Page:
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pmed-0050008-g004: Induction of Akt Signaling in a Subset of Rapamycin-Treated Tumors(A) Determination of Akt activation in tumor tissue during mTOR inhibitor therapy. The left panel is a cartoon illustrating the mTOR/S6K1 dependent feedback loop of the PI3k-Akt pathway. The right panel shows changes in phosphorylation of the Akt-substrate PRAS40 (threonine 246) during rapamycin therapy correspond to changes in Akt phosphorylation (serine 473). Tumors from patients 2 and 5 show an increase in pAkt and pPRAS40 immunostaining during rapamycin treatment, whereas the tumor from patient 11 shows a decrease in the same markers on rapamycin.(B) Changes in PRAS40 phosphorylation between S1 and S2 for 14/15 rapamycin patients. The horizontal line inside the box indicates the median value. The lower and upper border of the box corresponds to the 25th and 75th percentile, respectively. The whiskers extend to the 95% range. Paraffin blocks from patient 14 were not sufficient for quantification. N.S. indicates that the difference in pPRAS40 staining intensity not statistically significant at the 0.05 level according to the Wilcoxon test.(C) Kaplan Meier analysis illustrating the relationship between pPRAS40 induction and time-to-tumor progression.

Mentions: Physiologic activation of the Akt pathway is regulated, in part, by a negative feedback loop involving phosphorylation of insulin receptor substrate 1 (IRS1) by the mTOR effector molecule S6 kinase 1 (Figure 4A) [23–26]. mTOR inhibition by rapamycin can cancel this negative feedback and activate Akt in some cancer cell lines and tumor samples, but the potential clinical impact is unknown [8,27,28]. We assessed Akt activity in S1 and S2 samples in the rapamycin-treated patients using phosphosite-specific antibodies against the serine/threonine kinase Akt (serine 473) and its downstream substrate PRAS 40 (threonine 246), which serves as a biomarker for Akt activity (Figure 4A). PRAS40 has also been recently shown to inhibit mTOR, and this inhibition is relieved by Akt phosphorylation [29–31]. Seven of 14 (50%) patients had a statistically significant (p < 0.05, Wilcoxon test) increase in PRAS40 phosphorylation in their S2 sample (Figure 4B). Of note, one patient (11) had a significant decrease in PRAS40 phosphorylation (and pS473 Akt) at S2 (Figure 4B), which could reflect the potential inhibition of the TORC2 mTOR complex (implicated as the pS473 Akt kinase) by rapamycin after prolonged exposure [32,33].


Antitumor activity of rapamycin in a Phase I trial for patients with recurrent PTEN-deficient glioblastoma.

Cloughesy TF, Yoshimoto K, Nghiemphu P, Brown K, Dang J, Zhu S, Hsueh T, Chen Y, Wang W, Youngkin D, Liau L, Martin N, Becker D, Bergsneider M, Lai A, Green R, Oglesby T, Koleto M, Trent J, Horvath S, Mischel PS, Mellinghoff IK, Sawyers CL - PLoS Med. (2008)

Induction of Akt Signaling in a Subset of Rapamycin-Treated Tumors(A) Determination of Akt activation in tumor tissue during mTOR inhibitor therapy. The left panel is a cartoon illustrating the mTOR/S6K1 dependent feedback loop of the PI3k-Akt pathway. The right panel shows changes in phosphorylation of the Akt-substrate PRAS40 (threonine 246) during rapamycin therapy correspond to changes in Akt phosphorylation (serine 473). Tumors from patients 2 and 5 show an increase in pAkt and pPRAS40 immunostaining during rapamycin treatment, whereas the tumor from patient 11 shows a decrease in the same markers on rapamycin.(B) Changes in PRAS40 phosphorylation between S1 and S2 for 14/15 rapamycin patients. The horizontal line inside the box indicates the median value. The lower and upper border of the box corresponds to the 25th and 75th percentile, respectively. The whiskers extend to the 95% range. Paraffin blocks from patient 14 were not sufficient for quantification. N.S. indicates that the difference in pPRAS40 staining intensity not statistically significant at the 0.05 level according to the Wilcoxon test.(C) Kaplan Meier analysis illustrating the relationship between pPRAS40 induction and time-to-tumor progression.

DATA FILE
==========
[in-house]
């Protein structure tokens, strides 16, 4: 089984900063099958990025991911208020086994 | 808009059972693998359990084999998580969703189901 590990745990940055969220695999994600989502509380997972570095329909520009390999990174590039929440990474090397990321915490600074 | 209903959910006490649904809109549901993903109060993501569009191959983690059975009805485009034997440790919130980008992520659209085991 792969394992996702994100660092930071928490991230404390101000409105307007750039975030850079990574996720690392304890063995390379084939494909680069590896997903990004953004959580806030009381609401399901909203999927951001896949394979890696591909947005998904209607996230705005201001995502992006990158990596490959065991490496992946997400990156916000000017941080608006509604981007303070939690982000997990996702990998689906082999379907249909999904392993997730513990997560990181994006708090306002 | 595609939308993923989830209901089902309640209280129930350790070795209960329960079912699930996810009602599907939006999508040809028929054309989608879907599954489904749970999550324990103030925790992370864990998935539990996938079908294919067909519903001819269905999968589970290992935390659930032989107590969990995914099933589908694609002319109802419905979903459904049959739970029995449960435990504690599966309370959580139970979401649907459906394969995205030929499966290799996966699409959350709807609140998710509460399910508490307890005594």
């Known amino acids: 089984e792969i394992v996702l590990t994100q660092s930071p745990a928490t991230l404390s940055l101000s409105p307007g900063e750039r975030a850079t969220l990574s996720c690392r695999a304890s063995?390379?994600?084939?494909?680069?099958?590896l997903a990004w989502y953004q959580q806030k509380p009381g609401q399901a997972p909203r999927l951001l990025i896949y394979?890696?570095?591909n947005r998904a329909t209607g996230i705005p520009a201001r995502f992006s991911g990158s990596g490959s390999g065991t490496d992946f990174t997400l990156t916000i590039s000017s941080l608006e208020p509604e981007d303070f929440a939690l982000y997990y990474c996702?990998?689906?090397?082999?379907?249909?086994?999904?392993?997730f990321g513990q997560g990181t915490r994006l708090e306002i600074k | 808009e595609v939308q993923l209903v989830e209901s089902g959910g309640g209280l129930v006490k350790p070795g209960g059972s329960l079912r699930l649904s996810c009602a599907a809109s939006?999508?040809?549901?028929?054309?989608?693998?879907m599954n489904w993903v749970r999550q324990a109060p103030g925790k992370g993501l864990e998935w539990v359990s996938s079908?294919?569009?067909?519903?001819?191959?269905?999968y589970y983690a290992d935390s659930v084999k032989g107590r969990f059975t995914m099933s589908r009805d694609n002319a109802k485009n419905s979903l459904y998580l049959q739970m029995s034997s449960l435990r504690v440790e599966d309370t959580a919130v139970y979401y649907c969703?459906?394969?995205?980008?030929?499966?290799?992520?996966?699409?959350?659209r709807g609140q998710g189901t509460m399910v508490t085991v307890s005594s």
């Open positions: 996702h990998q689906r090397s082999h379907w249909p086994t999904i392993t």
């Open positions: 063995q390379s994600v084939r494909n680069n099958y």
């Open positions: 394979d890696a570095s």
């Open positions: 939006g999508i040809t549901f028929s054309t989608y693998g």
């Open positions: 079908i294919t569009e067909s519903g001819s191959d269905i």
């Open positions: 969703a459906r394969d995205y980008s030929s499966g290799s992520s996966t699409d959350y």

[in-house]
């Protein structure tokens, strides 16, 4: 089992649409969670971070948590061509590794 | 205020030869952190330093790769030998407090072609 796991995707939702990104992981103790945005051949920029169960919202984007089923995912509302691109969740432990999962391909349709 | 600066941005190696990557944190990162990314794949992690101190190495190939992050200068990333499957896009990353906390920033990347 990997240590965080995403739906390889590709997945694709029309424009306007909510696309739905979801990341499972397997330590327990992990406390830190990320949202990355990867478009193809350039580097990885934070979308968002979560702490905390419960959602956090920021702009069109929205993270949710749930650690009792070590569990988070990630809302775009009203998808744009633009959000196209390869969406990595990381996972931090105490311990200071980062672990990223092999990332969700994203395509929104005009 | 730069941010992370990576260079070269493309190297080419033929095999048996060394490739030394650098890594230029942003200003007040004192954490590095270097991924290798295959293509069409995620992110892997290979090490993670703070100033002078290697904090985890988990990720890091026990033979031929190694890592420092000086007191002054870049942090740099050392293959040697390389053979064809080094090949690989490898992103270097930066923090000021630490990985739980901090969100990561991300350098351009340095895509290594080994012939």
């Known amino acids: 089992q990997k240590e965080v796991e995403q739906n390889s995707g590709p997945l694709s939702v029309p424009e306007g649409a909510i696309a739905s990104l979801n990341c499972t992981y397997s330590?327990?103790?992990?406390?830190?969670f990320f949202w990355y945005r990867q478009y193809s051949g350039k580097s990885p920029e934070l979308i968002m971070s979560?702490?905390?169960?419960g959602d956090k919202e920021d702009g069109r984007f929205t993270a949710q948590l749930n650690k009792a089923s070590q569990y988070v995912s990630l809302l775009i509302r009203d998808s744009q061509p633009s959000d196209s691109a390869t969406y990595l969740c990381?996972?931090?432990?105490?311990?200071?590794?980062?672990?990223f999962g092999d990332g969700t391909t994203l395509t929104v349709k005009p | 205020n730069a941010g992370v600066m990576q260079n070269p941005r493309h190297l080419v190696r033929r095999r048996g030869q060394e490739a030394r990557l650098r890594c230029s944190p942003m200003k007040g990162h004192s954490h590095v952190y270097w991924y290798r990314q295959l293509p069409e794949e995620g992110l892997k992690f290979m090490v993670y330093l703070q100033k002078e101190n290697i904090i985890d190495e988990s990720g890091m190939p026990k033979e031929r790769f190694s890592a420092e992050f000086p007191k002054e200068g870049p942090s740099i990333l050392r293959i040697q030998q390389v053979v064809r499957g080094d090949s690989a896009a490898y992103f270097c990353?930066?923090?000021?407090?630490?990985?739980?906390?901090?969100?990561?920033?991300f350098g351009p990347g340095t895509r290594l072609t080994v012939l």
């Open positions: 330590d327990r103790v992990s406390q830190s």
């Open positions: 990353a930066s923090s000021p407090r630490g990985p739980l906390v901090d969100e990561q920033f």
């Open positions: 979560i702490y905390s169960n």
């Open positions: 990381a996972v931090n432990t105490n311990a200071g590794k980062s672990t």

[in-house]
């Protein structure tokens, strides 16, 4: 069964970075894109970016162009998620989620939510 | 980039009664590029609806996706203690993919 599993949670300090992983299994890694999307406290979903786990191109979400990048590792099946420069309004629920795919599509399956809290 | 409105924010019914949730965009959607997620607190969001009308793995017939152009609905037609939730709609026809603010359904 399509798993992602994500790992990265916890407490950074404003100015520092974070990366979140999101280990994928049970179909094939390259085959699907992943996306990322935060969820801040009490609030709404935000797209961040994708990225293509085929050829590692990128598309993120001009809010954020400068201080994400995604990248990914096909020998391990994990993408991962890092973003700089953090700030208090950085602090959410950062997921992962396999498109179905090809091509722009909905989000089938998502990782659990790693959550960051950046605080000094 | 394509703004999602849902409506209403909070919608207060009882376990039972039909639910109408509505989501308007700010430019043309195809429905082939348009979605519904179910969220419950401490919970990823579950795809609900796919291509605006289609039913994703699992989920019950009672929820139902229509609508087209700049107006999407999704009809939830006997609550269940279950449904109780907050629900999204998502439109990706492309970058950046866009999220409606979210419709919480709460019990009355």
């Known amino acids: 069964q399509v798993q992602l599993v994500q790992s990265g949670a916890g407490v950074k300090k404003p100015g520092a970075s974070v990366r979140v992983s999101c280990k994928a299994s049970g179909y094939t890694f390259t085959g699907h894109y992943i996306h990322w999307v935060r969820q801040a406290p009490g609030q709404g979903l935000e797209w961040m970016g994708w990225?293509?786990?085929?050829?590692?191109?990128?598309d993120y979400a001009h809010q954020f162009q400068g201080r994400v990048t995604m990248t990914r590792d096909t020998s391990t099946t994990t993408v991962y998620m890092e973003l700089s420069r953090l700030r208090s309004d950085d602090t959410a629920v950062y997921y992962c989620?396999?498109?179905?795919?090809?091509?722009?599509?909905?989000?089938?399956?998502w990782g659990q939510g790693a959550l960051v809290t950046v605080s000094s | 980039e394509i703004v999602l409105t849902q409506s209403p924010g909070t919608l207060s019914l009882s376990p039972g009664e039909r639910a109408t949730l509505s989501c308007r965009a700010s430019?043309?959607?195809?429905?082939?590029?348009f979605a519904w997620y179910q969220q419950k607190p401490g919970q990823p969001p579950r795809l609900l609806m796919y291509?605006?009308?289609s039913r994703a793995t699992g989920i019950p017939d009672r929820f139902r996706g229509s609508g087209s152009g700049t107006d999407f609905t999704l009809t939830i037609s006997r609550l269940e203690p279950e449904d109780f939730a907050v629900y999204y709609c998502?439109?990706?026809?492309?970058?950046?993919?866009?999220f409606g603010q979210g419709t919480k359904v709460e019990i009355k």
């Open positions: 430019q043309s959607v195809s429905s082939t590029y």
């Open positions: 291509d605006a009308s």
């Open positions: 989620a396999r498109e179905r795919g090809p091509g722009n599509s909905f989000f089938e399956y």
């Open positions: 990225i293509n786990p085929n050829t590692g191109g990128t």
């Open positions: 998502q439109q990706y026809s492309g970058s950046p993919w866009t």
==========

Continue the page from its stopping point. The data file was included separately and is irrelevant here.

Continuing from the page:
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pmed-0050008-g004: Induction of Akt Signaling in a Subset of Rapamycin-Treated Tumors(A) Determination of Akt activation in tumor tissue during mTOR inhibitor therapy. The left panel is a cartoon illustrating the mTOR/S6K1 dependent feedback loop of the PI3k-Akt pathway. The right panel shows changes in phosphorylation of the Akt-substrate PRAS40 (threonine 246) during rapamycin therapy correspond to changes in Akt phosphorylation (serine 473). Tumors from patients 2 and 5 show an increase in pAkt and pPRAS40 immunostaining during rapamycin treatment, whereas the tumor from patient 11 shows a decrease in the same markers on rapamycin.(B) Changes in PRAS40 phosphorylation between S1 and S2 for 14/15 rapamycin patients. The horizontal line inside the box indicates the median value. The lower and upper border of the box corresponds to the 25th and 75th percentile, respectively. The whiskers extend to the 95% range. Paraffin blocks from patient 14 were not sufficient for quantification. N.S. indicates that the difference in pPRAS40 staining intensity not statistically significant at the 0.05 level according to the Wilcoxon test.(C) Kaplan Meier analysis illustrating the relationship between pPRAS40 induction and time-to-tumor progression.